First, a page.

“When David says something, guys stop talking and listen to him,” Virginia tight end Jake McGee said of quarterback David Watford, above. “He truly has earned it to be considered a leader of this football team.” (Andrew Shurtleff/AP)

Virginia quarterback David Watford craned his neck to read the menu for a brief moment and quickly decided he wasn’t hungry. It was his first visit to the Bellair Market, a popular off-campus lunch spot that operates out of an Exxon gas station, since working here as a sandwich maker a year earlier.

But Watford never did develop an affinity for any of the trademark hoagies, named after various regional landmarks. He hated working during lunch, the rush of customers too much pressure for his first job in the kitchen. At the end of a shift, he would concoct “The Watford,” piling meats and vegetables and sauces as high as he saw fit.

So why did he agree to work there in the first place? Watford greets the question with a smile.

“Biscuit told me about it. He worked here one summer, too,” he says.

Biscuit is Watford’s cousin, former Virginia quarterback and current Cavaliers wide receivers coach Marques Hagans. Their relationship offers a glimpse into why, 12 months after Watford was forced to take a redshirt year because of Virginia’s logjam at quarterback, he will take the field as the Cavaliers’ starting signal-caller when they start the 2013 season against Brigham Young on Saturday.

Last summer, Watford was almost a forgotten entity despite playing as a true freshman in 2011, a third wheel behind incumbent starter Michael Rocco and ballyhooed Alabama transfer Phillip Sims. In the first week of training camp, Coach Mike London asked Watford to redshirt, a concept Watford was initially — and publicly — against.

But when he officially named Watford the starter earlier this month, London talked of a player who proved to have “an innate ability to be the leader, to be the face” of a program that is looking to rebound after its second 4-8 season in three years.

So what happened between now and then? Watford realized his setback wasn’t all that different from the one Hagans overcame during his career at Virginia.

“The way he just matured and the way he handled the situation really affected me,” Watford said. “He just came in to work every day and made the most of it, and that’s what I did as well. I treated every day like a Saturday.”

Like most youth football players in Hampton, Va., Watford idolized former Hampton High quarterback Ronald Curry, and Hagans emerged as Curry’s replacement in 1998. From that point on, Watford knew he wanted to be a quarterback, too.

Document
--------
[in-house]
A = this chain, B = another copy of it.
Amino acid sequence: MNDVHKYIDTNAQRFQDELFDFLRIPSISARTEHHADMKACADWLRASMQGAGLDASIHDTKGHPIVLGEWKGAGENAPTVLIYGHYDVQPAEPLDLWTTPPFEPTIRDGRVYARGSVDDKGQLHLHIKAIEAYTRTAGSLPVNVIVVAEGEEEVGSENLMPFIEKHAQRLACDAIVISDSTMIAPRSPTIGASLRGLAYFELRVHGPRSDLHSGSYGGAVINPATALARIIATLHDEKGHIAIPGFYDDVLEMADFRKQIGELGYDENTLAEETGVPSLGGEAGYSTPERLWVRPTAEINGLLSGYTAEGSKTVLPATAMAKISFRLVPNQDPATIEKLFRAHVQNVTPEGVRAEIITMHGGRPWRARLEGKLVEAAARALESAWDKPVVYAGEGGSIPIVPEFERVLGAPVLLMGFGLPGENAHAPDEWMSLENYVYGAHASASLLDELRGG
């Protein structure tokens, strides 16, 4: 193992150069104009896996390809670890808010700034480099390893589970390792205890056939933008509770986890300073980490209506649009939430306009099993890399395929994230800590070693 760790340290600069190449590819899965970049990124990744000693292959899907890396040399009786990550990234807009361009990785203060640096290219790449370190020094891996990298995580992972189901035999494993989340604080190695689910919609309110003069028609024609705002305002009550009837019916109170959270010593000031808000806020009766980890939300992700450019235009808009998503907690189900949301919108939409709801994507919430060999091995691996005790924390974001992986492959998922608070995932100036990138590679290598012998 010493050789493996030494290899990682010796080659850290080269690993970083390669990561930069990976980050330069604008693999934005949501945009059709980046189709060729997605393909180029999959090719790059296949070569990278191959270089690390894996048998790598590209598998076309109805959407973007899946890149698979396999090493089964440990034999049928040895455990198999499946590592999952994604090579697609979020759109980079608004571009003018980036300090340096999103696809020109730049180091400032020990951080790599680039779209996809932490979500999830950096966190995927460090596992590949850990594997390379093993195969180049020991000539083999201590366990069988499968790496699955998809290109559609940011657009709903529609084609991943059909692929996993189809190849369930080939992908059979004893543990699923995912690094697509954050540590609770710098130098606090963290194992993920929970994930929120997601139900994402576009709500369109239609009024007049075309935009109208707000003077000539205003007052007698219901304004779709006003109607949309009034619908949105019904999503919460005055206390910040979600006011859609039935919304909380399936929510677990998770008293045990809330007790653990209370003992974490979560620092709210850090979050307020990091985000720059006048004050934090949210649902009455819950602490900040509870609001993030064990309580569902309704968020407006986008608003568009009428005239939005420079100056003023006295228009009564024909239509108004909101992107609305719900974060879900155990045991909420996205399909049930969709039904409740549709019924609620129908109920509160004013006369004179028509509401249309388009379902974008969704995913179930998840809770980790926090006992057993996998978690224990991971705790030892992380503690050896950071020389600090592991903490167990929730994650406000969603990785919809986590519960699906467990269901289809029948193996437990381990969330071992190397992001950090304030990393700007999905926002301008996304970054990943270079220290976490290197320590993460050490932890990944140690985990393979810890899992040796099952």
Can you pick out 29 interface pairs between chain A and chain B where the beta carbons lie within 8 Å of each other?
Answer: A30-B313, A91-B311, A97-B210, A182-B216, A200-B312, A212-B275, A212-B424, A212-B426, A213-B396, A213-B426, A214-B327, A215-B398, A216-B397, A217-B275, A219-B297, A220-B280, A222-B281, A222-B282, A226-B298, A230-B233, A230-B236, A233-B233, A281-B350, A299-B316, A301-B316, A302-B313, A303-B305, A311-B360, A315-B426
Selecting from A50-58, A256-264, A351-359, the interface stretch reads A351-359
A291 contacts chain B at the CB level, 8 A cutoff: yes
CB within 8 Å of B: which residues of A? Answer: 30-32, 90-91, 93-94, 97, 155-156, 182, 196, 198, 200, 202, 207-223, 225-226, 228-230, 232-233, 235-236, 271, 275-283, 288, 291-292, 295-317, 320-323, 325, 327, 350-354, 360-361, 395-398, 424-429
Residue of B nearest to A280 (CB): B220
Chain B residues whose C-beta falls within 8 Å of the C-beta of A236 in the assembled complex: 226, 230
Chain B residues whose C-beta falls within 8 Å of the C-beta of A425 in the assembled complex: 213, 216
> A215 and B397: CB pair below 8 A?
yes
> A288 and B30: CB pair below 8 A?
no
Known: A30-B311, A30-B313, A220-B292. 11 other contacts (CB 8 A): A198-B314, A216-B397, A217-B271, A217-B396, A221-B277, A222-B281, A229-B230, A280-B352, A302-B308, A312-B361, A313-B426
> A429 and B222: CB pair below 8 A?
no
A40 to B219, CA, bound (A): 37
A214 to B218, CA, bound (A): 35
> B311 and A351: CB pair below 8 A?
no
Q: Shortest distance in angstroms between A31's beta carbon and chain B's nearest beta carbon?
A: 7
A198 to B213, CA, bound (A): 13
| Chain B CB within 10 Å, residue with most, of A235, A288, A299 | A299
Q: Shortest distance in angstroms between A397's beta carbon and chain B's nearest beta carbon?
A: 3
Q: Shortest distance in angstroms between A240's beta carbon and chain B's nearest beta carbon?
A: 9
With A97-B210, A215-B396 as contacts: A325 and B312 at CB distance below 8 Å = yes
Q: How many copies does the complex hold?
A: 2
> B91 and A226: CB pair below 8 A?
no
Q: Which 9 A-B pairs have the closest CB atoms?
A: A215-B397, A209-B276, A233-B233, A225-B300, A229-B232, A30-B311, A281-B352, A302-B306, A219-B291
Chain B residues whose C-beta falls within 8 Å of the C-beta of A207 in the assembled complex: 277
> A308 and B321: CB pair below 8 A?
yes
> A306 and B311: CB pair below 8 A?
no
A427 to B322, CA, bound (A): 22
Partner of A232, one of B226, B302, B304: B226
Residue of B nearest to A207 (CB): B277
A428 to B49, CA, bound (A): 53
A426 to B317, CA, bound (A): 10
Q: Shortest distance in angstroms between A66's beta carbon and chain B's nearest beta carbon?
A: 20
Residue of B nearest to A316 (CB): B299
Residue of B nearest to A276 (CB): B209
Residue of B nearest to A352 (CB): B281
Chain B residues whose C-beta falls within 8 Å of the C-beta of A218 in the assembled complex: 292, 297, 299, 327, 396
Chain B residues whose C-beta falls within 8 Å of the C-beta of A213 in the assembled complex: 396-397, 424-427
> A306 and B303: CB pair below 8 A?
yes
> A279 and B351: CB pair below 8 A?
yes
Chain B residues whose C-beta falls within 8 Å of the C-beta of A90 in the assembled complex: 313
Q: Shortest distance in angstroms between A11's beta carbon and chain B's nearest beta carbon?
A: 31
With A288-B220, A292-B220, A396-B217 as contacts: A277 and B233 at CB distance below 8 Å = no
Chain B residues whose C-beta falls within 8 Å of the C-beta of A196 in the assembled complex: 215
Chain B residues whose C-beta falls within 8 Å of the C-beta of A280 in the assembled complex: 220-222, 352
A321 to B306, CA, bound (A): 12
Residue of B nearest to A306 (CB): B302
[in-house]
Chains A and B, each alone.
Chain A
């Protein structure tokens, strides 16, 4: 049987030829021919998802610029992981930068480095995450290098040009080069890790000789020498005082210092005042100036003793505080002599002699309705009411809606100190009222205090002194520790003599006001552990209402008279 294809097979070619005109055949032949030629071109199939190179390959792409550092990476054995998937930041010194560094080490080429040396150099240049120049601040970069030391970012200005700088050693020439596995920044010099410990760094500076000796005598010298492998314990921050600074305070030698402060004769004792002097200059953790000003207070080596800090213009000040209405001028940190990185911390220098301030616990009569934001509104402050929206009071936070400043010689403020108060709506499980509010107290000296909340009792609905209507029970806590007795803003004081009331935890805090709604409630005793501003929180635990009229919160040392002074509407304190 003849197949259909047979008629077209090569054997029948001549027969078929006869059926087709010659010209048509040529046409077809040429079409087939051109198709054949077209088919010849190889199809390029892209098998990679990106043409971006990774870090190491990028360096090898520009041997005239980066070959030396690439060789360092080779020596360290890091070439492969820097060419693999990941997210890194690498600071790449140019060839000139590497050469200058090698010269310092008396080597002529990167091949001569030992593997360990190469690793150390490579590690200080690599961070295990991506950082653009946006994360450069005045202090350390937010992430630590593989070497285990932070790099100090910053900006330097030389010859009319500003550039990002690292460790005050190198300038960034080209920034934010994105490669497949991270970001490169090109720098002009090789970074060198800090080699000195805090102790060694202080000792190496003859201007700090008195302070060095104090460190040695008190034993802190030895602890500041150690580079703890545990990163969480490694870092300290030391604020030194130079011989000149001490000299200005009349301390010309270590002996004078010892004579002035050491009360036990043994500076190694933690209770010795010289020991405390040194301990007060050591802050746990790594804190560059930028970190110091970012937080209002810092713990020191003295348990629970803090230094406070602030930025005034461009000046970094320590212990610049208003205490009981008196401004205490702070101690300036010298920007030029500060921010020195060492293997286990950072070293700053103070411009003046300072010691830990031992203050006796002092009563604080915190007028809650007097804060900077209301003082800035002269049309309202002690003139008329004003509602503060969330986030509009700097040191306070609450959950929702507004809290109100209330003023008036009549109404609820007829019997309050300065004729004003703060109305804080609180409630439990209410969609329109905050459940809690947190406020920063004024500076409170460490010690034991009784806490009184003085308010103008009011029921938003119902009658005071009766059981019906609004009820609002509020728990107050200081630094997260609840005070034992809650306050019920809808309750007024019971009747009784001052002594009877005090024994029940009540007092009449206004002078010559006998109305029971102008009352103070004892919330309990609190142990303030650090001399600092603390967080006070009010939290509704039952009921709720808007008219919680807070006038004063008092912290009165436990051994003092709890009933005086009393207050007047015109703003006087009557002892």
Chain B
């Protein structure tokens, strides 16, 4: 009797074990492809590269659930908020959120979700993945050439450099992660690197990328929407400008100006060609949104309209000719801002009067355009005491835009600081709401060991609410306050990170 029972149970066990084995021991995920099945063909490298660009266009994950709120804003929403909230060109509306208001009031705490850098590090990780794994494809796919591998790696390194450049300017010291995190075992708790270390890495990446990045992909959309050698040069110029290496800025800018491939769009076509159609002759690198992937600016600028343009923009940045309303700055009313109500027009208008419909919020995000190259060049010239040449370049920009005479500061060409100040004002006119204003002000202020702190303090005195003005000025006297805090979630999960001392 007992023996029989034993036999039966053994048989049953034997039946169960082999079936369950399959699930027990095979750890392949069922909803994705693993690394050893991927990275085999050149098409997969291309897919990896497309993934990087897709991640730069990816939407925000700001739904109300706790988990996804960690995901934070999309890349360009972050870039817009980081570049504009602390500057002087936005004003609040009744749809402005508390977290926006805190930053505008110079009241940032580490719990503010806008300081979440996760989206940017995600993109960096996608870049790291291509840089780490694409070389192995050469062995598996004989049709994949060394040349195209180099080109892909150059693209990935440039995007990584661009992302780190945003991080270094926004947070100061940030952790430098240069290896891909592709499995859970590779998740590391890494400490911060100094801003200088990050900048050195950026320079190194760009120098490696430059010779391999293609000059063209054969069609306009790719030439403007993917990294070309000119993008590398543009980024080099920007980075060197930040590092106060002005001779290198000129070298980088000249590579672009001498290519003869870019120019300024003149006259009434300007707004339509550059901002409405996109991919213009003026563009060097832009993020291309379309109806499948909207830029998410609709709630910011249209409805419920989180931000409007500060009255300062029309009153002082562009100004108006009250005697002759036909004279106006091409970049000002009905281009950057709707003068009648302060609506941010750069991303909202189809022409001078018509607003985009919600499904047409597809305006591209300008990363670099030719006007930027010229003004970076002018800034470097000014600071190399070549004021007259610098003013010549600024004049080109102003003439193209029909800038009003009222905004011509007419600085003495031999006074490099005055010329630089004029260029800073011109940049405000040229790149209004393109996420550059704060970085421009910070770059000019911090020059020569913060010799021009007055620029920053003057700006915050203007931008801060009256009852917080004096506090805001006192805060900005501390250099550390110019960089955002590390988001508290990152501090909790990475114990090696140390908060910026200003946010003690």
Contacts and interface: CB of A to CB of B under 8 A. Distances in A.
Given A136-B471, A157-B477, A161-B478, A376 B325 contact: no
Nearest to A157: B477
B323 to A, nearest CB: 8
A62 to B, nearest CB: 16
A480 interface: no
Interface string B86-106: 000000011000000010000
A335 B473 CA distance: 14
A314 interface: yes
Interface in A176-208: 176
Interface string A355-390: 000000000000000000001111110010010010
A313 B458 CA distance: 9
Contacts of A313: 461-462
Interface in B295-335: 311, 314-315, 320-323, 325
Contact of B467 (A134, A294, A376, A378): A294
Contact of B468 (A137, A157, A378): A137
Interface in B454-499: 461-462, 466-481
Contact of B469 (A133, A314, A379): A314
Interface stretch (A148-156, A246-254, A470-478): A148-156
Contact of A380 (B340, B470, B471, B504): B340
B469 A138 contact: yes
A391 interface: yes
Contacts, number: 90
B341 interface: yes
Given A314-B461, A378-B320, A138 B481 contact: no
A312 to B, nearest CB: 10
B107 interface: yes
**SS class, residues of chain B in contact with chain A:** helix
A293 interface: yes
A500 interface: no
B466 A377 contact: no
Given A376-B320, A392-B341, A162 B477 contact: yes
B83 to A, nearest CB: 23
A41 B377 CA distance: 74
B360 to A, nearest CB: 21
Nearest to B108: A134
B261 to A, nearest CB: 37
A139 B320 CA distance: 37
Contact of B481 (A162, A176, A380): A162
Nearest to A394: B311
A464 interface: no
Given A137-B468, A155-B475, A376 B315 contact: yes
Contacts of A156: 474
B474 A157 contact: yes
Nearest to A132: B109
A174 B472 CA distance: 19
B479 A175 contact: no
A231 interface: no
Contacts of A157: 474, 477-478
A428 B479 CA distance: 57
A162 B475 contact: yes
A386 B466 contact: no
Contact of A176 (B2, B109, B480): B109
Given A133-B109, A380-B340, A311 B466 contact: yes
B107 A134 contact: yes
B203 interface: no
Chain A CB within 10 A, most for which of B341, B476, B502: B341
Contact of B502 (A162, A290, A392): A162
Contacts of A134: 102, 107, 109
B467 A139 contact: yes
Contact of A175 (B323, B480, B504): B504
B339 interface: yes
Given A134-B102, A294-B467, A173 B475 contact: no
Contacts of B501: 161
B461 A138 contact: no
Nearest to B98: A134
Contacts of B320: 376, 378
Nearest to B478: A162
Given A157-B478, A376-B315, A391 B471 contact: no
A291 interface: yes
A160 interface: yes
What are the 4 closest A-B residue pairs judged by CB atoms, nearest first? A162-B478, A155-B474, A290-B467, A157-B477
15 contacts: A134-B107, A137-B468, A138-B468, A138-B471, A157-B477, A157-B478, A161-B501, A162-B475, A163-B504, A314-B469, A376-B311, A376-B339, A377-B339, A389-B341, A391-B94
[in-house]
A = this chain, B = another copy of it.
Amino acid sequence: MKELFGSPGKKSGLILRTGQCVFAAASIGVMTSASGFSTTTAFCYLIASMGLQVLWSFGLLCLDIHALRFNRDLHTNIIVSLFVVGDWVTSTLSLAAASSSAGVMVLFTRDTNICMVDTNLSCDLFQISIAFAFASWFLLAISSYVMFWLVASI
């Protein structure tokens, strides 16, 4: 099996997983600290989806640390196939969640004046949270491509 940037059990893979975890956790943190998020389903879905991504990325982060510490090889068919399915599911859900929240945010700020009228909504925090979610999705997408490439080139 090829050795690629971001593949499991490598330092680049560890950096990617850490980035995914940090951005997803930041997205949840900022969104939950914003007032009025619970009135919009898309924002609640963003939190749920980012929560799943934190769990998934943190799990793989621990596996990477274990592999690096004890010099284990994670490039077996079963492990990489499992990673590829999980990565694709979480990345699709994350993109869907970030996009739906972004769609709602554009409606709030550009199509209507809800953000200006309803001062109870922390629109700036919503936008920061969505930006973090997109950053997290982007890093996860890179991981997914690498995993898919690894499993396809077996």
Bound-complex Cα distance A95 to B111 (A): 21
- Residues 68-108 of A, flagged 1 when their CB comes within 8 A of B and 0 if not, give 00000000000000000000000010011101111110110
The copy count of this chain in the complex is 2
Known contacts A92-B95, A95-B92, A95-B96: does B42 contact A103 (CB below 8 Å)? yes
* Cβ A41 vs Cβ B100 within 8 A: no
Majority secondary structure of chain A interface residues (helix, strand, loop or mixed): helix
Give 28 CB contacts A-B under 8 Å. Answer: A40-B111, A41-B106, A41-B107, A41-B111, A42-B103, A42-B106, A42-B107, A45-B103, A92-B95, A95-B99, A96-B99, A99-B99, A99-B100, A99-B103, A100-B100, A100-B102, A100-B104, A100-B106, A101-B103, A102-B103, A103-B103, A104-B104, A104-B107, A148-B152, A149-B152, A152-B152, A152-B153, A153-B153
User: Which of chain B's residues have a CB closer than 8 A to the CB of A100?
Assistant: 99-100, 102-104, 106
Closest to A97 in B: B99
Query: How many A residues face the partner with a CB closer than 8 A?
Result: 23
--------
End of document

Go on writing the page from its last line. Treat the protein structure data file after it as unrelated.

“I wanted to throw like him, run like him, do everything he did,” Watford said of Hagans. “I remember throwing with him and my hands just aching because of how hard he threw it, but I tried to throw it just as hard as he did. That’s how I learned to throw the ball.”

Once Hagans got to Virginia in 2001, though, he encountered a coaching staff that had its doubts about his abilities at quarterback. He was forced to redshirt as a freshman and then spent two years as a wide receiver, kick returner and backup signal-caller.

Only in 2004 did Hagans ascend to the starting role, and he eventually led the Cavaliers to consecutive bowl games — the last Virginia quarterback to do so. He now sits No. 5 in program history in terms of total offense.

Watford said Hagans reminded him about that journey soon after London broke the news about a redshirt.

“It was hurtful for the first time now being one of the best players on the team and having to watch. It just ignited a fire,” Hagans said of his own situation. Watford “struggled going through that process, the following year being told he was going to sit. Most people don’t redshirt after they play. They redshirt before they play.”

Watford got over the stigma of sitting for an entire season with a gimmick Hagans mastered years earlier: Treat every practice like a game day.

Teammates noticed he “didn’t sulk, he didn’t pout” on the scout team as the Cavaliers struggled in 2012, Hagans said. Watford saw the big picture, that there would be another chance to become starter.

On the first day new offensive coordinator Steve Fairchild was on campus after replacing Bill Lazor in January, Watford was in his office. In the offseason, a group of Navy SEALs — brought in to work out with the team — identified him as a natural leader, without any background knowledge from Virginia’s coaching staff. He even read a book on toughness by ESPN college basketball analyst Jay Bilas, hopeful it would shed some light on leadership.

By the start of training camp, once Rocco transferred to Richmond and Sims was ruled academically ineligible — he later transferred to Winston-Salem State — Watford, a redshirt sophomore, was No. 1 on the depth chart and a model for the rest of the team.

“When David says something, guys stop talking and listen to him,” tight end Jake McGee said. “He truly has earned it to be considered a leader of this football team.”

Watford admits now that last year “felt like forever,” but that the offseason “flew by.” He won the starting job over redshirt freshman Greyson Lambert in August because of his stint in the lineup during the 2011 season and his mobility.

Hagans said Watford is “light years ahead of where he was when he first got here” as a passer. But Fairchild was quick to note this week “he needs experience. There’s no question.”

So unlike his short-lived stint as a sandwich maker, Watford’s work is not done. Nobody understands that better than Biscuit.

“I didn’t understand how much he watched me and looked up to me until I actually came back here,” Hagans said. “Now it’s part of my job to play it forward to him, to help him minimize all the mistakes that I made so that he can be the best player he can be.”